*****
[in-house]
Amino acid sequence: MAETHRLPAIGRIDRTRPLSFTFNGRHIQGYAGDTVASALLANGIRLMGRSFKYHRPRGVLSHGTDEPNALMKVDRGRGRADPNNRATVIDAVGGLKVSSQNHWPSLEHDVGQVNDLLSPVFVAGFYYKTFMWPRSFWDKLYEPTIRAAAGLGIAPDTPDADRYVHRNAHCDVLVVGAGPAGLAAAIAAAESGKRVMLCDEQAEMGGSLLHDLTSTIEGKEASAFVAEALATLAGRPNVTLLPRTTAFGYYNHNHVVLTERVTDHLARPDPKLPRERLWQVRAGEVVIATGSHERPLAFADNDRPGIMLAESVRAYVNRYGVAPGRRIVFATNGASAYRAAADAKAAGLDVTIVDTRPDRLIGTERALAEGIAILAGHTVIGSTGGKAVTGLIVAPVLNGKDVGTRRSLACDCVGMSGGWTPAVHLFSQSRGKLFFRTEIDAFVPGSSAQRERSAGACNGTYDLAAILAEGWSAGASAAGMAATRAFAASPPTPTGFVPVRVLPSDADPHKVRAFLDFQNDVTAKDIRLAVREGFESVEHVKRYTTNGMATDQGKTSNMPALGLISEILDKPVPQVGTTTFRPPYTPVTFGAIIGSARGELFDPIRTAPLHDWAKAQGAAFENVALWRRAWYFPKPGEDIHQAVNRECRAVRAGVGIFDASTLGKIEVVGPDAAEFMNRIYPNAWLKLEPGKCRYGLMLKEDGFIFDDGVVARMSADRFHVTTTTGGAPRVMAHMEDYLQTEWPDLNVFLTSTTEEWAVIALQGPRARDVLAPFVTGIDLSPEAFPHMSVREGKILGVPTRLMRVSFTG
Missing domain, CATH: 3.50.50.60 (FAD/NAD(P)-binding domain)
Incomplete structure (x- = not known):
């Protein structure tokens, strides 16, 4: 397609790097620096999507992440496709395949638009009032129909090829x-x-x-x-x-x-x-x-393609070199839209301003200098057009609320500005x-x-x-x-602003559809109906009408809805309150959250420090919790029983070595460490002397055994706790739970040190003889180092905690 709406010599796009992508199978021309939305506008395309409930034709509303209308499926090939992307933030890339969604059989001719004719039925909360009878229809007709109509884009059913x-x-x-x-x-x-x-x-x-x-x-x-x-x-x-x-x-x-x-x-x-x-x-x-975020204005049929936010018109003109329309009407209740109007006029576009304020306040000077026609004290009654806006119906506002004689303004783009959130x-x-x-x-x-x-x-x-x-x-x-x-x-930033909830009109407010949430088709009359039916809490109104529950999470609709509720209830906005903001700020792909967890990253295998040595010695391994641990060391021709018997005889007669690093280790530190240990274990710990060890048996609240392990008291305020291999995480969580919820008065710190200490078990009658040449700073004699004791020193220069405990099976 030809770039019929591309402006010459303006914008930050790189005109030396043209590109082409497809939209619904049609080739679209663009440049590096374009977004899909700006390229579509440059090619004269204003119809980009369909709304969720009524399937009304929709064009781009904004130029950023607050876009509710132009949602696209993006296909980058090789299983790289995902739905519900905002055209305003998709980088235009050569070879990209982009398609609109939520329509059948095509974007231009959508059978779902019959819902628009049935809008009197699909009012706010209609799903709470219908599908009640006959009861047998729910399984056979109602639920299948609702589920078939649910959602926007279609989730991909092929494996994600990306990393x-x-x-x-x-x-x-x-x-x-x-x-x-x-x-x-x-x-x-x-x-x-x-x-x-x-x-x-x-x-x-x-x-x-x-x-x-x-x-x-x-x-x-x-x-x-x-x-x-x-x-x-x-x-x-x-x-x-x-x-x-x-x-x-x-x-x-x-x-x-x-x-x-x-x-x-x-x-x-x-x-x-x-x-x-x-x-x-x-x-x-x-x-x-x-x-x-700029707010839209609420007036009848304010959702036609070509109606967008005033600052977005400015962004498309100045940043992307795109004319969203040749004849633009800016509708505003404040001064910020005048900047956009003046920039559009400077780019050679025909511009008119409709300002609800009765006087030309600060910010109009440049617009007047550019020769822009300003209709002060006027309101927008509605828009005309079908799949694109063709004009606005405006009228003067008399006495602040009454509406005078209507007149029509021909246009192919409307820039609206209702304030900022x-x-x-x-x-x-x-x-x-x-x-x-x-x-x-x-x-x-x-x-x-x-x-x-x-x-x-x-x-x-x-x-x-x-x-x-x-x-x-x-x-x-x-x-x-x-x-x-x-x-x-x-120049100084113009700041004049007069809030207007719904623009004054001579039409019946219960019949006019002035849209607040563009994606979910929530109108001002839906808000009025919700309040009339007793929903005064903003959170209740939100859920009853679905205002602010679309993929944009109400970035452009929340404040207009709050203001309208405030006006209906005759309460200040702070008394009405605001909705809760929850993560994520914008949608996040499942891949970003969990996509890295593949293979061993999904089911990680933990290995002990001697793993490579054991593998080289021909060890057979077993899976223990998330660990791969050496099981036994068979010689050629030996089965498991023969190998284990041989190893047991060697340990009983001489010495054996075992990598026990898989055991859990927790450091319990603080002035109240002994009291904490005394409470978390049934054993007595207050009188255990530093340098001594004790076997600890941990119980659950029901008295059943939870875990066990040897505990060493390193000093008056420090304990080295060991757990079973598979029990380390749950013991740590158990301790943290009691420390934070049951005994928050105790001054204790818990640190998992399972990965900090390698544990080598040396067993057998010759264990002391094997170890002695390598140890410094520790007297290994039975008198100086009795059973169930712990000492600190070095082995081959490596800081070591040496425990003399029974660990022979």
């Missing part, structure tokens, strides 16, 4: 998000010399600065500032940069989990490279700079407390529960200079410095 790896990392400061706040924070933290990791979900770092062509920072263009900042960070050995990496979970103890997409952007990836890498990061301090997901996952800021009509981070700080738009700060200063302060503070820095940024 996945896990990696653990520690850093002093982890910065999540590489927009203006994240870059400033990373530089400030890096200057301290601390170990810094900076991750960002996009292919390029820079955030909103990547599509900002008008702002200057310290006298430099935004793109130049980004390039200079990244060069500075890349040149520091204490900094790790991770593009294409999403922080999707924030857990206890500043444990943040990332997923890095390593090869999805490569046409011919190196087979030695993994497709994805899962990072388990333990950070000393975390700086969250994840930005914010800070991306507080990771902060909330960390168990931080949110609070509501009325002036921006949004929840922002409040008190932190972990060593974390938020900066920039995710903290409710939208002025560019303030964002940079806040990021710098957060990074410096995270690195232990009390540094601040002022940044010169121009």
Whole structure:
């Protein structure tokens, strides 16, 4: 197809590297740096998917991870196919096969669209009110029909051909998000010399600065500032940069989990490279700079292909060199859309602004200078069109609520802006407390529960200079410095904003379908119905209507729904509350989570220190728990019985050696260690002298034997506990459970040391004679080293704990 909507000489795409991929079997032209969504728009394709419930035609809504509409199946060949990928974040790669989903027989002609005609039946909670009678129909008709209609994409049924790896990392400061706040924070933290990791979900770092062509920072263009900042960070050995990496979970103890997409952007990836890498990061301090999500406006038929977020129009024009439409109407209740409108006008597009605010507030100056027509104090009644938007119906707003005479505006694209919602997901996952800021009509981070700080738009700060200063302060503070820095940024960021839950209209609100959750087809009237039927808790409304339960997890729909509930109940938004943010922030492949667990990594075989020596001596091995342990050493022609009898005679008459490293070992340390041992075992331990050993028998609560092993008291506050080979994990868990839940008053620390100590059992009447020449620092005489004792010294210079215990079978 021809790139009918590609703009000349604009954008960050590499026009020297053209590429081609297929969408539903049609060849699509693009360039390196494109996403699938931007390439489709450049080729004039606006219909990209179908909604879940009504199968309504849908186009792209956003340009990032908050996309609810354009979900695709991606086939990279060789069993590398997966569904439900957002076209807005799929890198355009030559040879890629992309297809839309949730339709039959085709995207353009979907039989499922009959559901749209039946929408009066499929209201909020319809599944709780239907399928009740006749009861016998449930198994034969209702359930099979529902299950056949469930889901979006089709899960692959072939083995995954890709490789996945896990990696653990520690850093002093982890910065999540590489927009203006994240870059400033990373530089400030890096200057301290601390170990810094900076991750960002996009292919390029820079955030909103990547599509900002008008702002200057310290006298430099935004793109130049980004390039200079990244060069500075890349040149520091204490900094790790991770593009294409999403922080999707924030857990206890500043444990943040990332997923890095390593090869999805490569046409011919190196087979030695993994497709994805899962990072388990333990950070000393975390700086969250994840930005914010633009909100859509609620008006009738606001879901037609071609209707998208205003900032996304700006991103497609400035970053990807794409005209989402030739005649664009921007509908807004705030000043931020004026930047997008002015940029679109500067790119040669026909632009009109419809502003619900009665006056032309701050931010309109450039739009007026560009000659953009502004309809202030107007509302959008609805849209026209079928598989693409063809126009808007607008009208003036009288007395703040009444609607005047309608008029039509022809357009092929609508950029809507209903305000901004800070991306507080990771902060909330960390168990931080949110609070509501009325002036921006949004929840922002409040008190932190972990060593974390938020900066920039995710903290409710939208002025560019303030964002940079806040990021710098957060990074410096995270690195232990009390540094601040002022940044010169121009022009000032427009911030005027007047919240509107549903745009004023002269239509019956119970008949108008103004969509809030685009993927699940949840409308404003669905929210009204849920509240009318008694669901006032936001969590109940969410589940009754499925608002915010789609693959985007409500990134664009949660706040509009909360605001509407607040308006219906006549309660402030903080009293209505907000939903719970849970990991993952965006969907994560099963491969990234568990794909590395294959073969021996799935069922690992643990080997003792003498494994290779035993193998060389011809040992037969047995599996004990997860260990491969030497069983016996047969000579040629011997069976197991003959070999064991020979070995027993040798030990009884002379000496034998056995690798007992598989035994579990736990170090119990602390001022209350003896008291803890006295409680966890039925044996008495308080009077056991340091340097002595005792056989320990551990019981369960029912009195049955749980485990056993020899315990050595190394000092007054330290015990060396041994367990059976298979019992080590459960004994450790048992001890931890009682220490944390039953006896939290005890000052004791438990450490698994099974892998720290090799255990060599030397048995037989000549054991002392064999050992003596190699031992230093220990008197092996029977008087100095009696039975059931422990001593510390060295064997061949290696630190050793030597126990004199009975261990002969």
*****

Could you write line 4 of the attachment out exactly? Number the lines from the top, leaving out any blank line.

Incomplete structure (x- = not known):